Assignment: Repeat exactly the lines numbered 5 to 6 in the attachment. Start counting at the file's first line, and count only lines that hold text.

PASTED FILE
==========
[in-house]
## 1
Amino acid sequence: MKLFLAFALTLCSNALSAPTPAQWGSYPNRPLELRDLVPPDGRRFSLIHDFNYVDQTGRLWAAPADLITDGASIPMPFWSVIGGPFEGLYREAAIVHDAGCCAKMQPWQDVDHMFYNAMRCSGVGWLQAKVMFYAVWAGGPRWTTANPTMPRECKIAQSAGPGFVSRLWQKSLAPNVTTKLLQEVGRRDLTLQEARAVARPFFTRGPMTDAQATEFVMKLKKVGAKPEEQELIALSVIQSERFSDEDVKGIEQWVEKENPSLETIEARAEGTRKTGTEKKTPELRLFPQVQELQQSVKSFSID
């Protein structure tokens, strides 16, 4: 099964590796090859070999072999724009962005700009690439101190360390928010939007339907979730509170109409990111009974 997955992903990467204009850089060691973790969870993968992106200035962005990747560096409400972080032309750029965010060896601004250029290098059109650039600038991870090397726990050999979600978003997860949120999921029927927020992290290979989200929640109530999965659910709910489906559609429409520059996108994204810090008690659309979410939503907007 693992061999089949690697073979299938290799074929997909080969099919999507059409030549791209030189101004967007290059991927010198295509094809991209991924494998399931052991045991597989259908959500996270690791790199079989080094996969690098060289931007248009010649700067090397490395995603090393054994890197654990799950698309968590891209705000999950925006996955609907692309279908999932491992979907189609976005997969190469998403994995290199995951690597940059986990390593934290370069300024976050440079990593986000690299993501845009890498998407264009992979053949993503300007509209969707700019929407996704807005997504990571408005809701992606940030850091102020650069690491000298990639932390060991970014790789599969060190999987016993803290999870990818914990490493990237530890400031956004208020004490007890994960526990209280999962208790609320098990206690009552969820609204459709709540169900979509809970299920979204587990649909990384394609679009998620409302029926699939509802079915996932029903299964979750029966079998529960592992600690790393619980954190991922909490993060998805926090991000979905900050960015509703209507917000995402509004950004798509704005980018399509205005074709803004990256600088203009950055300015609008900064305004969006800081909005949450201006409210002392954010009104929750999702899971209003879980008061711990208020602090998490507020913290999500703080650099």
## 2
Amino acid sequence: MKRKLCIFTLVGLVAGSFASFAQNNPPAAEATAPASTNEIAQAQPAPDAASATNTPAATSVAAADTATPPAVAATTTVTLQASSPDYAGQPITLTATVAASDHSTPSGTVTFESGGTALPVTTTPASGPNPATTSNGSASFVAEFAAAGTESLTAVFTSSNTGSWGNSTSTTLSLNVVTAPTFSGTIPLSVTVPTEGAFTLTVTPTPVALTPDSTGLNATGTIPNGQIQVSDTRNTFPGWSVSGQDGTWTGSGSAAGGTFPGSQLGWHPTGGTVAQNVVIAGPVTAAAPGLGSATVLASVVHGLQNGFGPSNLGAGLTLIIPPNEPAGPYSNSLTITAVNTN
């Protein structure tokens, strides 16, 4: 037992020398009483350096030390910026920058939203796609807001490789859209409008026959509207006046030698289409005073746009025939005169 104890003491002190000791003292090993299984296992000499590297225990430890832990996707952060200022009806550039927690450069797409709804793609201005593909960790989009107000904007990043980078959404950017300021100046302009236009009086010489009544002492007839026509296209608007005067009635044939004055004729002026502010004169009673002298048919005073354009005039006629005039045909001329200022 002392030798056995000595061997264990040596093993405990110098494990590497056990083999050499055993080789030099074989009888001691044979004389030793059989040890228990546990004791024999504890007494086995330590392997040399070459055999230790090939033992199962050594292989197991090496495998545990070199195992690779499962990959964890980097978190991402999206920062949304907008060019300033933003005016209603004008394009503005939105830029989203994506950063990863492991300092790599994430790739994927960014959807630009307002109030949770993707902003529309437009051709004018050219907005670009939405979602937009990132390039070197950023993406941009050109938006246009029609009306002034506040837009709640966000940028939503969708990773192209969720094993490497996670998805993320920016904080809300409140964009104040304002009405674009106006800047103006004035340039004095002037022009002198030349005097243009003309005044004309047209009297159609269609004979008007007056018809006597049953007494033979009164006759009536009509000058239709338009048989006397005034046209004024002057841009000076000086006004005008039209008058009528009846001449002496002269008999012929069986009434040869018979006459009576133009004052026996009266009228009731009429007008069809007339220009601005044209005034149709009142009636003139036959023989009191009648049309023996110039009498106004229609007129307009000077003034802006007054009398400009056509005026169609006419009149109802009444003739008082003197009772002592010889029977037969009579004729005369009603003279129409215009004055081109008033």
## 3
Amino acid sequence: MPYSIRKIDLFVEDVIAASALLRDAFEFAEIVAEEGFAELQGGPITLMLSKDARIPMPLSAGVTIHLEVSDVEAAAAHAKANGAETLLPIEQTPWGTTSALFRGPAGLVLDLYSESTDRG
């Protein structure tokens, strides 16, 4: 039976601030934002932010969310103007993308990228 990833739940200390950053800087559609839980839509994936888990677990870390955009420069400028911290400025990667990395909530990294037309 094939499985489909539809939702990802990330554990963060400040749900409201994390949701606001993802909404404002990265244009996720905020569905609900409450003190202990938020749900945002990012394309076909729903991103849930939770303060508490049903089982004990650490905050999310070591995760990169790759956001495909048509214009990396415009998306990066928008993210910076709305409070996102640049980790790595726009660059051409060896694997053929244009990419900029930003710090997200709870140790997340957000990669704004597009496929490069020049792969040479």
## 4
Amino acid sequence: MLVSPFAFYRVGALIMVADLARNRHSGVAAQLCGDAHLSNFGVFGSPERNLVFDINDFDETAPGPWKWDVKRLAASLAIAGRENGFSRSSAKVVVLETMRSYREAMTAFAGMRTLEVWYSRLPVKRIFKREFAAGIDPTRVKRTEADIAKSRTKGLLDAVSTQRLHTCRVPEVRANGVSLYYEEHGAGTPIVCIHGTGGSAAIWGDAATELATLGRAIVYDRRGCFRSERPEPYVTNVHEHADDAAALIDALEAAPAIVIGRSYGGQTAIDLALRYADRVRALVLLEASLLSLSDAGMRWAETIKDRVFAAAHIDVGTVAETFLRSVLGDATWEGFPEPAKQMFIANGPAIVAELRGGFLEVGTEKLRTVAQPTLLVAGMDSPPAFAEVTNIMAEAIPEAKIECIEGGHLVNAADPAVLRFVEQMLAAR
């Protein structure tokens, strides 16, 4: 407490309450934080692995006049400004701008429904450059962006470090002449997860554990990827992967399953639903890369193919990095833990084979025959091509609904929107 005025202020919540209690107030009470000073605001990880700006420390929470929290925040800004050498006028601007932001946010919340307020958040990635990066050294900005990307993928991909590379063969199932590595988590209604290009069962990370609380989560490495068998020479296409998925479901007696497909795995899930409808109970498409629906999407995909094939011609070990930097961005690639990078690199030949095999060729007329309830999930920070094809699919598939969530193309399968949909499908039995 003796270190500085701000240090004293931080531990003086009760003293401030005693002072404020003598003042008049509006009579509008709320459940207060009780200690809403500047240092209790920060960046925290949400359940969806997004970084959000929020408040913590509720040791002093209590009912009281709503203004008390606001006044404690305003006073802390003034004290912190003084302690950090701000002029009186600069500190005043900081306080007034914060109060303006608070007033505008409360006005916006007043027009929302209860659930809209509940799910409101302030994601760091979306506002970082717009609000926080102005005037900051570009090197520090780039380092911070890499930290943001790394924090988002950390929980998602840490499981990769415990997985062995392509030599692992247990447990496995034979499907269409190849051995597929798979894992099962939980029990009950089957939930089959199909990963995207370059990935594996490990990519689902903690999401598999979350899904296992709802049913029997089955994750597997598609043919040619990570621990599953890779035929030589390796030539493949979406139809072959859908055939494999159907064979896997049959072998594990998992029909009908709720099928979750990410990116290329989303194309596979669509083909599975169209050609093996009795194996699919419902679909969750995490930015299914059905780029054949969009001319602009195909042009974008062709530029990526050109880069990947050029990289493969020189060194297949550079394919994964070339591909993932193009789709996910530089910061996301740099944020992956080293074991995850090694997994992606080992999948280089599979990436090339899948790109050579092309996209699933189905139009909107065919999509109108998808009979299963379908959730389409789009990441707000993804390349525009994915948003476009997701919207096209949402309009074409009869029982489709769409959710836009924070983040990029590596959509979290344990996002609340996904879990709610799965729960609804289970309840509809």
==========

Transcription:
## 2
Amino acid sequence: MKRKLCIFTLVGLVAGSFASFAQNNPPAAEATAPASTNEIAQAQPAPDAASATNTPAATSVAAADTATPPAVAATTTVTLQASSPDYAGQPITLTATVAASDHSTPSGTVTFESGGTALPVTTTPASGPNPATTSNGSASFVAEFAAAGTESLTAVFTSSNTGSWGNSTSTTLSLNVVTAPTFSGTIPLSVTVPTEGAFTLTVTPTPVALTPDSTGLNATGTIPNGQIQVSDTRNTFPGWSVSGQDGTWTGSGSAAGGTFPGSQLGWHPTGGTVAQNVVIAGPVTAAAPGLGSATVLASVVHGLQNGFGPSNLGAGLTLIIPPNEPAGPYSNSLTITAVNTN